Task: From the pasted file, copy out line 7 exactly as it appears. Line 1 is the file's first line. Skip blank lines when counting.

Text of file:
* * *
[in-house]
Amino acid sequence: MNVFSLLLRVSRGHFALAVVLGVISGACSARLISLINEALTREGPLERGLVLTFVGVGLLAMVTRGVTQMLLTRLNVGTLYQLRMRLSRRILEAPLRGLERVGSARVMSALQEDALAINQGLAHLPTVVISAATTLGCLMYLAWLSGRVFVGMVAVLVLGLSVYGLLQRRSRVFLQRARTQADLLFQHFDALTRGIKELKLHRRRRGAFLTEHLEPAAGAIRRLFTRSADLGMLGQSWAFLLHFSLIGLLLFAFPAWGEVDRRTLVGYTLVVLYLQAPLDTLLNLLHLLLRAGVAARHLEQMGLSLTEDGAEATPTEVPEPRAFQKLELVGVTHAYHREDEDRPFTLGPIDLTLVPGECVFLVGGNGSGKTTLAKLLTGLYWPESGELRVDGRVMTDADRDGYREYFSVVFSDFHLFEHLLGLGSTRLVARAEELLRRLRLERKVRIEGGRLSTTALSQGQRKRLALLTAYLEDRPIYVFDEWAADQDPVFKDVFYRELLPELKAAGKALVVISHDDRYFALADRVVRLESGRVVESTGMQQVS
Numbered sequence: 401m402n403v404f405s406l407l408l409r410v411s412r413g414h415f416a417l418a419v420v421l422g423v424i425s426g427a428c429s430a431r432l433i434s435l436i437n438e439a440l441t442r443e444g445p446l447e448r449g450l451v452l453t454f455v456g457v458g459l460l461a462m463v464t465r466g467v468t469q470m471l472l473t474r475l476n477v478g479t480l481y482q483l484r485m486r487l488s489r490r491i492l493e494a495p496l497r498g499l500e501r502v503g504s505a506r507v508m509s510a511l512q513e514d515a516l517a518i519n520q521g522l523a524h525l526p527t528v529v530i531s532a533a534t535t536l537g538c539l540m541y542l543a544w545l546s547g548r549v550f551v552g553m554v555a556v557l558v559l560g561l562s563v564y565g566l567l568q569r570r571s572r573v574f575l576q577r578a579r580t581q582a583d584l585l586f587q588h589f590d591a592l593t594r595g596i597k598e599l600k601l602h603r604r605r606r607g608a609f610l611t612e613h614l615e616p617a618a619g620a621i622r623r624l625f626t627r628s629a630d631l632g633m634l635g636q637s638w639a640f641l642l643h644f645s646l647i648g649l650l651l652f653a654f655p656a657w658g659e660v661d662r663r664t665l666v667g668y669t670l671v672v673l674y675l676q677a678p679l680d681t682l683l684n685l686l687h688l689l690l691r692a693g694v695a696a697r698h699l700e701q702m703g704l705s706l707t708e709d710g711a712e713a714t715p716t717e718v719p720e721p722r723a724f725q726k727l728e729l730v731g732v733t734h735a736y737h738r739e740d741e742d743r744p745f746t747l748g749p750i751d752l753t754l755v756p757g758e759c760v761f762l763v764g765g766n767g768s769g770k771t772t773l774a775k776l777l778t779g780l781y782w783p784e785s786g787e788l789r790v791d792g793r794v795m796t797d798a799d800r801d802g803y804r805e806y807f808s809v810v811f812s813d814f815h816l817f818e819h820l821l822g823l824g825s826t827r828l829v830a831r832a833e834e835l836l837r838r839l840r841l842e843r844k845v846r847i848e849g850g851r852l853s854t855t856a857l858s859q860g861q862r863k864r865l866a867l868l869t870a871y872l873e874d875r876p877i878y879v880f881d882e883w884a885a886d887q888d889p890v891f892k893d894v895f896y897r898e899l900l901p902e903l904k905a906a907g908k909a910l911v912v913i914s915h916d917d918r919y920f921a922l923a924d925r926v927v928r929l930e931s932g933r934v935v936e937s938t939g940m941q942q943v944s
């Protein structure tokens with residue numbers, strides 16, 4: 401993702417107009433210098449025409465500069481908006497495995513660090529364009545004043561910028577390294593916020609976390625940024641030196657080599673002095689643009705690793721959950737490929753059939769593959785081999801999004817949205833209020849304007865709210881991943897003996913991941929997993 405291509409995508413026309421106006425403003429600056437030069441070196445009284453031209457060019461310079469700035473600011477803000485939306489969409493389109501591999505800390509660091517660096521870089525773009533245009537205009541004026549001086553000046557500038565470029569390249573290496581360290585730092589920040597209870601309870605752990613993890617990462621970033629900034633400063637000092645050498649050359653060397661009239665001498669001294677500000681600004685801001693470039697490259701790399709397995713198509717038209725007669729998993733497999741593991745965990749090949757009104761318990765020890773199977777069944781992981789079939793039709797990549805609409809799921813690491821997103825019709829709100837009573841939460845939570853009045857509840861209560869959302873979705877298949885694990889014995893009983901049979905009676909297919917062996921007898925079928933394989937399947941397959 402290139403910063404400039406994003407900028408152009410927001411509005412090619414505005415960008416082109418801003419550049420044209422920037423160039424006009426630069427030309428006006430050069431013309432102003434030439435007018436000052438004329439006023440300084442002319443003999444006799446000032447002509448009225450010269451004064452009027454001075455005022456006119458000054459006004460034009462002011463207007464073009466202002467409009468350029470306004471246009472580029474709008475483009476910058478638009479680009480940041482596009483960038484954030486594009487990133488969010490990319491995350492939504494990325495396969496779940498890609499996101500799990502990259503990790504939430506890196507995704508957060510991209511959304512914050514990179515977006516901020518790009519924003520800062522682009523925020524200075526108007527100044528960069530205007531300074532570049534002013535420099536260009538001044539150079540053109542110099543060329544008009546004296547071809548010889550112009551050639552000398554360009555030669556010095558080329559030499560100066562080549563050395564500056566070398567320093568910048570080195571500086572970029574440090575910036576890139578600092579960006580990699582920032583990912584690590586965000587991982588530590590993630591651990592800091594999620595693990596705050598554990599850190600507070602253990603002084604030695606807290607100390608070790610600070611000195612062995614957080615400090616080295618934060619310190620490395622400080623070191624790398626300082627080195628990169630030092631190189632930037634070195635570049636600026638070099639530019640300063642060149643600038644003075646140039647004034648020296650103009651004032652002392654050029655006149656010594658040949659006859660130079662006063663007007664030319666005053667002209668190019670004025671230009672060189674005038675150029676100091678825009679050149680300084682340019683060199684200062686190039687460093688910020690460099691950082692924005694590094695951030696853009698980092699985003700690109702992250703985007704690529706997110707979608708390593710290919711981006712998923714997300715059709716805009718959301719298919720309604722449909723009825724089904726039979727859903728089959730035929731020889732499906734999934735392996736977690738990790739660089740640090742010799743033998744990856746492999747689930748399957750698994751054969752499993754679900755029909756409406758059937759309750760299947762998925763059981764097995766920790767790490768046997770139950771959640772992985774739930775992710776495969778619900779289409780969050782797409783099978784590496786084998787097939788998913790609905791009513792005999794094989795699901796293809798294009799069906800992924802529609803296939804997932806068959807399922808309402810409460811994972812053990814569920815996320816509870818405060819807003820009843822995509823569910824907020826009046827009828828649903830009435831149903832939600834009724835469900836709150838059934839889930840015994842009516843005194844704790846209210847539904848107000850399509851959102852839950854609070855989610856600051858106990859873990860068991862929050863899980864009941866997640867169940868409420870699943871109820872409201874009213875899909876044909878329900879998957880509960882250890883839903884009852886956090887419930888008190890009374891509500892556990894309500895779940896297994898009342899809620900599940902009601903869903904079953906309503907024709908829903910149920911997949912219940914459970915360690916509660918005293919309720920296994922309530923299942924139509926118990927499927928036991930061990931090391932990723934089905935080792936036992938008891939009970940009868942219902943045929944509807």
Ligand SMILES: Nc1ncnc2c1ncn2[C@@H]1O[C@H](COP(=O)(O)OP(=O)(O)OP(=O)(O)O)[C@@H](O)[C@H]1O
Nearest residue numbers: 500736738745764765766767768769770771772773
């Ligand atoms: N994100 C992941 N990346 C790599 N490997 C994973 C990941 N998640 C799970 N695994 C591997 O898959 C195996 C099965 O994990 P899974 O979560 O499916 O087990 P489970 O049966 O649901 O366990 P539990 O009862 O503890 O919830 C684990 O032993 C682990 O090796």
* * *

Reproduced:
């Ligand atoms: N994100 C992941 N990346 C790599 N490997 C994973 C990941 N998640 C799970 N695994 C591997 O898959 C195996 C099965 O994990 P899974 O979560 O499916 O087990 P489970 O049966 O649901 O366990 P539990 O009862 O503890 O919830 C684990 O032993 C682990 O090796």